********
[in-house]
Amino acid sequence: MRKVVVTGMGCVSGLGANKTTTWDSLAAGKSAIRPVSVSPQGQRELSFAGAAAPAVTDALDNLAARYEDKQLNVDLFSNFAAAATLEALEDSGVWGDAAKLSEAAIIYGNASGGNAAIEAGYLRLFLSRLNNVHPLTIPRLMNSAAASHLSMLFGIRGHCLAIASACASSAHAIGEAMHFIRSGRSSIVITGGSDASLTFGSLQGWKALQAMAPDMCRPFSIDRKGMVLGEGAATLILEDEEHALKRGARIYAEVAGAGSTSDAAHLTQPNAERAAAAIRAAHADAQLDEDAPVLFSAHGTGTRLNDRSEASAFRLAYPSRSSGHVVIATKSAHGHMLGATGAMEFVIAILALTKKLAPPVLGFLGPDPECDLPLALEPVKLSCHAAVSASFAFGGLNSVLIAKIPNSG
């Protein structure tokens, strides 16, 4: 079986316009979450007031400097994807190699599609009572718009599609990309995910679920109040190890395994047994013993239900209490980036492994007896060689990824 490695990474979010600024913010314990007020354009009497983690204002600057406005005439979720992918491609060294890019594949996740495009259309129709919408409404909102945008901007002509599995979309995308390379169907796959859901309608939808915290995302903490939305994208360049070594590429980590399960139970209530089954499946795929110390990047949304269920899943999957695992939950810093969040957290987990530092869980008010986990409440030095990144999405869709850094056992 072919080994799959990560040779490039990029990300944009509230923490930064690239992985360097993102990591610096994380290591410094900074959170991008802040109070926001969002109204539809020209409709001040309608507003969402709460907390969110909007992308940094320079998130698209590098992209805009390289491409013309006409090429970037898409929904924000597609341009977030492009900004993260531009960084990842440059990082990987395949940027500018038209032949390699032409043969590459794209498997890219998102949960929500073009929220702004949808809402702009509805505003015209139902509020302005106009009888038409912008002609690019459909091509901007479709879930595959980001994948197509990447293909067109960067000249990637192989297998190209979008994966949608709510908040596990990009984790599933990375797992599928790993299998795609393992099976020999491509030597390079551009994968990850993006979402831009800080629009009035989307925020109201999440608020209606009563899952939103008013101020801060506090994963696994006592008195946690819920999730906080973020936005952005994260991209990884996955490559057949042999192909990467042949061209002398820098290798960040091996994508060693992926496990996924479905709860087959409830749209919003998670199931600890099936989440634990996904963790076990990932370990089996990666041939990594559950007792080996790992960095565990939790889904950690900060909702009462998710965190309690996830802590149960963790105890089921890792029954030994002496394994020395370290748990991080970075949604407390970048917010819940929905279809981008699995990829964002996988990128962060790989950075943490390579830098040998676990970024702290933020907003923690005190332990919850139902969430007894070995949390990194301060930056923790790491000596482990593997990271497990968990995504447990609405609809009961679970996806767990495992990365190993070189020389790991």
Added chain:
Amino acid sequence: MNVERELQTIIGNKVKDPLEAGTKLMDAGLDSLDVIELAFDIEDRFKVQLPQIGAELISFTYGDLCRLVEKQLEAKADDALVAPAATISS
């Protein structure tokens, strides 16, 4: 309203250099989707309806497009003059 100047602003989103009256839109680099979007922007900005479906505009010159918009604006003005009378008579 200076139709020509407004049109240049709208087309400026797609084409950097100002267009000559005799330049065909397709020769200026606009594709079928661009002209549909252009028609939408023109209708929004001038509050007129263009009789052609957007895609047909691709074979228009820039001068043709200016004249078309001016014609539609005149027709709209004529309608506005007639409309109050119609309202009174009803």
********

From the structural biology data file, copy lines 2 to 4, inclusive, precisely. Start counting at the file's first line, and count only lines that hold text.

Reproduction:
Amino acid sequence: MRKVVVTGMGCVSGLGANKTTTWDSLAAGKSAIRPVSVSPQGQRELSFAGAAAPAVTDALDNLAARYEDKQLNVDLFSNFAAAATLEALEDSGVWGDAAKLSEAAIIYGNASGGNAAIEAGYLRLFLSRLNNVHPLTIPRLMNSAAASHLSMLFGIRGHCLAIASACASSAHAIGEAMHFIRSGRSSIVITGGSDASLTFGSLQGWKALQAMAPDMCRPFSIDRKGMVLGEGAATLILEDEEHALKRGARIYAEVAGAGSTSDAAHLTQPNAERAAAAIRAAHADAQLDEDAPVLFSAHGTGTRLNDRSEASAFRLAYPSRSSGHVVIATKSAHGHMLGATGAMEFVIAILALTKKLAPPVLGFLGPDPECDLPLALEPVKLSCHAAVSASFAFGGLNSVLIAKIPNSG
């Protein structure tokens, strides 16, 4: 079986316009979450007031400097994807190699599609009572718009599609990309995910679920109040190890395994047994013993239900209490980036492994007896060689990824 490695990474979010600024913010314990007020354009009497983690204002600057406005005439979720992918491609060294890019594949996740495009259309129709919408409404909102945008901007002509599995979309995308390379169907796959859901309608939808915290995302903490939305994208360049070594590429980590399960139970209530089954499946795929110390990047949304269920899943999957695992939950810093969040957290987990530092869980008010986990409440030095990144999405869709850094056992 072919080994799959990560040779490039990029990300944009509230923490930064690239992985360097993102990591610096994380290591410094900074959170991008802040109070926001969002109204539809020209409709001040309608507003969402709460907390969110909007992308940094320079998130698209590098992209805009390289491409013309006409090429970037898409929904924000597609341009977030492009900004993260531009960084990842440059990082990987395949940027500018038209032949390699032409043969590459794209498997890219998102949960929500073009929220702004949808809402702009509805505003015209139902509020302005106009009888038409912008002609690019459909091509901007479709879930595959980001994948197509990447293909067109960067000249990637192989297998190209979008994966949608709510908040596990990009984790599933990375797992599928790993299998795609393992099976020999491509030597390079551009994968990850993006979402831009800080629009009035989307925020109201999440608020209606009563899952939103008013101020801060506090994963696994006592008195946690819920999730906080973020936005952005994260991209990884996955490559057949042999192909990467042949061209002398820098290798960040091996994508060693992926496990996924479905709860087959409830749209919003998670199931600890099936989440634990996904963790076990990932370990089996990666041939990594559950007792080996790992960095565990939790889904950690900060909702009462998710965190309690996830802590149960963790105890089921890792029954030994002496394994020395370290748990991080970075949604407390970048917010819940929905279809981008699995990829964002996988990128962060790989950075943490390579830098040998676990970024702290933020907003923690005190332990919850139902969430007894070995949390990194301060930056923790790491000596482990593997990271497990968990995504447990609405609809009961679970996806767990495992990365190993070189020389790991």
Added chain: